As a world based on Fantasia, it should probably come as no surprise that Symphony of Sorcery offers some of the most fantastic sights and sounds in the Kingdom Hearts franchise. What may surprise you are the subtle ways that this world pays tribute to many of the clever concepts that made Fantasia a revolutionary animated film. 

There’s very little dialog in this world, which means that most of the action is dictated by sound and music. While clearly a way to showcase this world’s excellent score, the ways that sound is used to so perfectly accentuate the storytelling and action sequences invokes key elements of Fantasia in ways that go beyond simple tribute. 

Timeless River (Kingdom Hearts 2)

2. Timeless River (Kingdom Hearts 2)

As all high school photographers must eventually learn, not everything is made more “artistic” simply by converting it to black and white. That said, the monochrome Timeless River is truly one of Kingdom Hearts’ most stunning destinations.

Timeless River obviously pays tribute to Steamboat Willie, but it’s really an elaborate nod to some of Disney’s earliest projects and a time in the company’s history that isn’t as talked about as it perhaps should be. It’s honestly the most glowing and elaborate homage to a specific time period that we’ve seen since the release of those iconic shorts.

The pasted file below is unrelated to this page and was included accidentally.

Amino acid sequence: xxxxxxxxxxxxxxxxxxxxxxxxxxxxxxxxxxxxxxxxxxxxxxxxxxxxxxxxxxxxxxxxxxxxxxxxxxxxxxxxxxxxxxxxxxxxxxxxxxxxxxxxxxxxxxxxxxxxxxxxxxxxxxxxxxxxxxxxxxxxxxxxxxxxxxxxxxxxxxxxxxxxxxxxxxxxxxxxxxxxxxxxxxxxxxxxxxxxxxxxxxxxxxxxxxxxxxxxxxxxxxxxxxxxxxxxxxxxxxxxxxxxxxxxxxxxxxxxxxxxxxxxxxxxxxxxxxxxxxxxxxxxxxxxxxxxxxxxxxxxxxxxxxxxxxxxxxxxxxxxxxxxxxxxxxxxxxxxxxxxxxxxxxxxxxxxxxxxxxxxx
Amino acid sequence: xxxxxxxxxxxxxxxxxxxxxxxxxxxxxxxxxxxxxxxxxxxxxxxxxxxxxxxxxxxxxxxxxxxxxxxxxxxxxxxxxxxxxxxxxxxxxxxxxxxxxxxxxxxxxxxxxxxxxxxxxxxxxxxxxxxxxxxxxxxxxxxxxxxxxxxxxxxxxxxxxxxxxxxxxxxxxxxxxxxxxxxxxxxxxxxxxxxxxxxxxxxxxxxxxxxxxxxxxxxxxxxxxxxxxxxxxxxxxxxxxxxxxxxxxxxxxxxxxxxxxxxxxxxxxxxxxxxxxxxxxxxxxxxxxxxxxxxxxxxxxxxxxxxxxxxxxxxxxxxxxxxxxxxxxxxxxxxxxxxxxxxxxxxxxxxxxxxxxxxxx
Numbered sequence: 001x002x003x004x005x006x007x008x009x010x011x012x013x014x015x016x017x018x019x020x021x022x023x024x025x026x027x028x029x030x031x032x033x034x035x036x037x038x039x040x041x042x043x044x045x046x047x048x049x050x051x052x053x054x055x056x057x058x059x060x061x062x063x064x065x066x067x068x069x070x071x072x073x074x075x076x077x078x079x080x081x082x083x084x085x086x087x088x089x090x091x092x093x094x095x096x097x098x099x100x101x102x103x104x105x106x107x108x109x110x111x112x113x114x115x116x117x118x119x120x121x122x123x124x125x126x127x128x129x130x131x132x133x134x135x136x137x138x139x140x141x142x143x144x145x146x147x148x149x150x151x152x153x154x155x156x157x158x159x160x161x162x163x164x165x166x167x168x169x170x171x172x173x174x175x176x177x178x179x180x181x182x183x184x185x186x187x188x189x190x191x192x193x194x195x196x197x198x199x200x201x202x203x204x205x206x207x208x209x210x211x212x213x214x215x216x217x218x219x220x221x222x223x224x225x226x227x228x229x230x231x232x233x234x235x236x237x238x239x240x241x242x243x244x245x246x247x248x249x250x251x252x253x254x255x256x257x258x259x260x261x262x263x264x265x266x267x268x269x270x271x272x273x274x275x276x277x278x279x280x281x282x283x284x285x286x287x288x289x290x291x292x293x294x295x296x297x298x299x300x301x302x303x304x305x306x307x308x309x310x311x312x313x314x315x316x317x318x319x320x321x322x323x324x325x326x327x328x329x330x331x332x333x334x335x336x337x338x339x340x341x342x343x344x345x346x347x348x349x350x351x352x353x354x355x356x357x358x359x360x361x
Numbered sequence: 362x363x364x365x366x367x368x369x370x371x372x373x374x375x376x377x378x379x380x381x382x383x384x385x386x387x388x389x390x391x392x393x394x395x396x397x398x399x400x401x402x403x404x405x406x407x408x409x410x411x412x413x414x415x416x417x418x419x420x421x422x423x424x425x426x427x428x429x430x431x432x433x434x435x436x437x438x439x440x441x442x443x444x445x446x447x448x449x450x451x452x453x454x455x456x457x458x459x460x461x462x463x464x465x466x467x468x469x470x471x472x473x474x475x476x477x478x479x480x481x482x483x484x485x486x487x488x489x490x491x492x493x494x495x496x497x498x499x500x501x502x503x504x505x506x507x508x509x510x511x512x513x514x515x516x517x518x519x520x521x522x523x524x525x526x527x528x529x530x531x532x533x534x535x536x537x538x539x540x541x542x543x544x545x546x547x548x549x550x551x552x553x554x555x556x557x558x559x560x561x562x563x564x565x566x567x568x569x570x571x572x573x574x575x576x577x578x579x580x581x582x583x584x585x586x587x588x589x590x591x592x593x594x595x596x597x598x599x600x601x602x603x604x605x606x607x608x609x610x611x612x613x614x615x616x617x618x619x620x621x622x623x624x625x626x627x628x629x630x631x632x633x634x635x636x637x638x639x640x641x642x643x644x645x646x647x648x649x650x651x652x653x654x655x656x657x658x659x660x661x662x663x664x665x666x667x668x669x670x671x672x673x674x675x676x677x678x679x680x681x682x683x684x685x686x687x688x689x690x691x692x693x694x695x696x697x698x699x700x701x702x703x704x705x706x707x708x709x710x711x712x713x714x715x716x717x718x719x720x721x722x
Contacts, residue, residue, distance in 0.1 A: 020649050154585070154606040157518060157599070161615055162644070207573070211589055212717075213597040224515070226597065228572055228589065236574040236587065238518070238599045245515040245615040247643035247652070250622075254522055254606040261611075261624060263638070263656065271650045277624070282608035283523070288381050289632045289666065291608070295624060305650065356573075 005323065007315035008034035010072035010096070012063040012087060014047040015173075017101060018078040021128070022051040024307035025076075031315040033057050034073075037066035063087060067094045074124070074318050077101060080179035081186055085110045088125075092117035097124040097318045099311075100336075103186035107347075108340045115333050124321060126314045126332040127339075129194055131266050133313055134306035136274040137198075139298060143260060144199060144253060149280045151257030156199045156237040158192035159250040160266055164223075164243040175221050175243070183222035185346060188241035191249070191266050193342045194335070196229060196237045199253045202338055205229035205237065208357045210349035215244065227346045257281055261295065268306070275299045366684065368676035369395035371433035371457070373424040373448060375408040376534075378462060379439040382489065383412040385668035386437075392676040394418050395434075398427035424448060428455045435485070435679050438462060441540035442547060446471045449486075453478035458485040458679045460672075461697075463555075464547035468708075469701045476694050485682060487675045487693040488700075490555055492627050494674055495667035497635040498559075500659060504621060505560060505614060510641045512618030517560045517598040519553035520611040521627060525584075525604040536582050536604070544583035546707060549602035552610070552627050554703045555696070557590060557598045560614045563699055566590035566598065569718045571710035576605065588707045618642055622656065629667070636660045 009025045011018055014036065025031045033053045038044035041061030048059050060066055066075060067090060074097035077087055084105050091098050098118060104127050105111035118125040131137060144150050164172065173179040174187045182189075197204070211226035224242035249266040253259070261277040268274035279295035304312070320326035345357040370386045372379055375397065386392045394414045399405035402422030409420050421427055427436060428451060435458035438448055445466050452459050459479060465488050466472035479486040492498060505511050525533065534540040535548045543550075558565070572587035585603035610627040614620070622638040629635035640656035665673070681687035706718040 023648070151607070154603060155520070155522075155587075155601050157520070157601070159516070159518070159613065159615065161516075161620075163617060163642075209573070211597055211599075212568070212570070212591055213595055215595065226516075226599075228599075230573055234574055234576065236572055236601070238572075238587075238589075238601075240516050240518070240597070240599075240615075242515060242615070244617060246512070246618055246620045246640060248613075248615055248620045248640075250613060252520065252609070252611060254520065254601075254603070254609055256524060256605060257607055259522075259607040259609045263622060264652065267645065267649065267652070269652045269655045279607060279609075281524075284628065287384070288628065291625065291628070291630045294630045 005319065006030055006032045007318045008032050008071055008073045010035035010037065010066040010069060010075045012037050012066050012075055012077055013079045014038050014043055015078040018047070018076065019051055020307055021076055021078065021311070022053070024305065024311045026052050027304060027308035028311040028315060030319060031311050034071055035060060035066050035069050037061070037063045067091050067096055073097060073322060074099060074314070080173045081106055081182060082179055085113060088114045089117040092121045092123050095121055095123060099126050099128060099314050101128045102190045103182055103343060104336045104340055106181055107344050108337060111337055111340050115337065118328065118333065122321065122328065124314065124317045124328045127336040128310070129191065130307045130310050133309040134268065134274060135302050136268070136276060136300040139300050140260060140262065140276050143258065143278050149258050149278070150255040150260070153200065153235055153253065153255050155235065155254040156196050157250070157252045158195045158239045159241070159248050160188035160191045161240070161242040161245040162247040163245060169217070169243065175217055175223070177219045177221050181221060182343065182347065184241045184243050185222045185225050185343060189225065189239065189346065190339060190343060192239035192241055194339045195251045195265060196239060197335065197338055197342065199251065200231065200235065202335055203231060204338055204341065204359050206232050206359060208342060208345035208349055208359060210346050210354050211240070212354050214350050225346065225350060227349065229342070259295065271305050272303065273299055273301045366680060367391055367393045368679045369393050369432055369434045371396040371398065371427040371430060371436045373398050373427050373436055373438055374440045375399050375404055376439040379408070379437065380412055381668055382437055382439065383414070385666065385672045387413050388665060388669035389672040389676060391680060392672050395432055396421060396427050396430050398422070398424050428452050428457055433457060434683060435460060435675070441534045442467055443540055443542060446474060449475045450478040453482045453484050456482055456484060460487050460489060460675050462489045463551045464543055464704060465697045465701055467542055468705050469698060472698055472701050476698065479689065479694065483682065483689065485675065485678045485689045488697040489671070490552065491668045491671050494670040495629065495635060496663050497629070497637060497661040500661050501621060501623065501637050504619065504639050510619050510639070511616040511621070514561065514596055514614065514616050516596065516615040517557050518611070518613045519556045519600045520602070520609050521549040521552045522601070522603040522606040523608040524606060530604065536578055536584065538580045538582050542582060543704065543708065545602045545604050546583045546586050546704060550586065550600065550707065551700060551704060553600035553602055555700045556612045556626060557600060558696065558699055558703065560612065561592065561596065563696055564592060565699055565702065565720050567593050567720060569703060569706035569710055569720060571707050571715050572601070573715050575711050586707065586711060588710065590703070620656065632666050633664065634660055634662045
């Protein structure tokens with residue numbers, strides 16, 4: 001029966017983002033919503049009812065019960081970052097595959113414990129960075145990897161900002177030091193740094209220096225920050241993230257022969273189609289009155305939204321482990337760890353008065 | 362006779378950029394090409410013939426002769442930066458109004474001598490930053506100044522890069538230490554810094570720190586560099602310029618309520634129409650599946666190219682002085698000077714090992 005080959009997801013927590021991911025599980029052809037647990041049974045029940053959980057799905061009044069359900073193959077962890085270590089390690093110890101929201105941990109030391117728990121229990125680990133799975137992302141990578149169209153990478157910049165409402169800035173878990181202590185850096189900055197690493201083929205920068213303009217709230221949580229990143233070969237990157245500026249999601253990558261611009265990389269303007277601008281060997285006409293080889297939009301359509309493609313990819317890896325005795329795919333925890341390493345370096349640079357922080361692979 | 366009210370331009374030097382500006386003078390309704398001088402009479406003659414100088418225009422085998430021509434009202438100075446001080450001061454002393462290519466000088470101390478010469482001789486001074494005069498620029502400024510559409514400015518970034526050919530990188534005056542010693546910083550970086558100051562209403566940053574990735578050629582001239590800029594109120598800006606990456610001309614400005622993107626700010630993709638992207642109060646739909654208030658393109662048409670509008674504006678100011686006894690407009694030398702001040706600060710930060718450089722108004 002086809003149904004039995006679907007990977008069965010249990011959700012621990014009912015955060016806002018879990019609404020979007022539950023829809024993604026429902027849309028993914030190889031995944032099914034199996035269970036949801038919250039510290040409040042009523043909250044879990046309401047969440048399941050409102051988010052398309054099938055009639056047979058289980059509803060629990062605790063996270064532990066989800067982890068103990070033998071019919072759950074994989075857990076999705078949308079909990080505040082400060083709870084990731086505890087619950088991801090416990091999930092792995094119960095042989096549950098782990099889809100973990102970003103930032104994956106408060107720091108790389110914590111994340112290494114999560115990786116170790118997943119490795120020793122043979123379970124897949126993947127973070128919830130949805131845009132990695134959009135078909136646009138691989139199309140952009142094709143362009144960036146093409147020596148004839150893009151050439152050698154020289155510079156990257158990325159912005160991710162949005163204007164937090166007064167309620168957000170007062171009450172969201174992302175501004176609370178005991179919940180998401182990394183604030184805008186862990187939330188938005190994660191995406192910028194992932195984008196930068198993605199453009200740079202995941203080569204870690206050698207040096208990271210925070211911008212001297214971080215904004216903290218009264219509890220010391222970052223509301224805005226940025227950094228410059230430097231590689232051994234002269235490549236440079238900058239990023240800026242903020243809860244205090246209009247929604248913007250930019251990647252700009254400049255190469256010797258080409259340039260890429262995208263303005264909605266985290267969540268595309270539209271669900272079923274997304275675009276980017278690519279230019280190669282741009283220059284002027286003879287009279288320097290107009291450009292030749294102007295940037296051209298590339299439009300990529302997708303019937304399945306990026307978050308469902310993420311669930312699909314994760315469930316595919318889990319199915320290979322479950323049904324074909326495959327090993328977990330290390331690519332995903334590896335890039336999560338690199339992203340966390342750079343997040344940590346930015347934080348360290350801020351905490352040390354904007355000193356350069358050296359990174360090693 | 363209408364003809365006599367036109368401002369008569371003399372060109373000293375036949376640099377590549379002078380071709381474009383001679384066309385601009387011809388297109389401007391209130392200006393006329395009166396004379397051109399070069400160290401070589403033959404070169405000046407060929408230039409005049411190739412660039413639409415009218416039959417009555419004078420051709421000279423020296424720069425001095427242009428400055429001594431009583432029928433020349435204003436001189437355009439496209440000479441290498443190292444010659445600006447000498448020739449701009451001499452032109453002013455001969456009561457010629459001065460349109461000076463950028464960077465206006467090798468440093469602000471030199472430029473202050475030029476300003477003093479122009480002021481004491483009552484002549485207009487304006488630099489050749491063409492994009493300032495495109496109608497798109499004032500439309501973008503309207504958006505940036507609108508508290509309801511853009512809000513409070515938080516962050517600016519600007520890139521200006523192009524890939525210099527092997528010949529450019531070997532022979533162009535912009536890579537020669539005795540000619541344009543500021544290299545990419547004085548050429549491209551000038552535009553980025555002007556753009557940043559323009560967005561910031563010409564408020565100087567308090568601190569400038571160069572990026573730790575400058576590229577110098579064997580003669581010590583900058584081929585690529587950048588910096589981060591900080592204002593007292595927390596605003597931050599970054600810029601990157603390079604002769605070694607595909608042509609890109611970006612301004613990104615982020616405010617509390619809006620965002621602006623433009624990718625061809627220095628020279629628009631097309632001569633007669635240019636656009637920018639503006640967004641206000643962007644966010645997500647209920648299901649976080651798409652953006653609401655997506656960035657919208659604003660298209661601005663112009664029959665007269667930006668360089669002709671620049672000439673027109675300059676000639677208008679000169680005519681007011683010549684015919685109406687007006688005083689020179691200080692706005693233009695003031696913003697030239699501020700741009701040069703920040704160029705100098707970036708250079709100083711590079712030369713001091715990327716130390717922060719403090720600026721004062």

Halloween Town (Kingdom Hearts)

1. Halloween Town (Kingdom Hearts)

Perhaps my bias is showing, but there seems to be a consensus among many Kingdom Hearts fans that the scope of the franchise’s ambition really came into focus the first time they laid eyes on Halloween Town.

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Halloween Town embraced its source material in a way that no other Kingdom Hearts world quite did up until that point in the series. Its visuals perfectly played off Nightmare Before Christmas’ legendary style and gifted our heroes with fresh looks that would have made them the coolest kids in Hot Topic. This was the kind of world you never wanted to leave. It set a standard that some may argue has never quite been topped.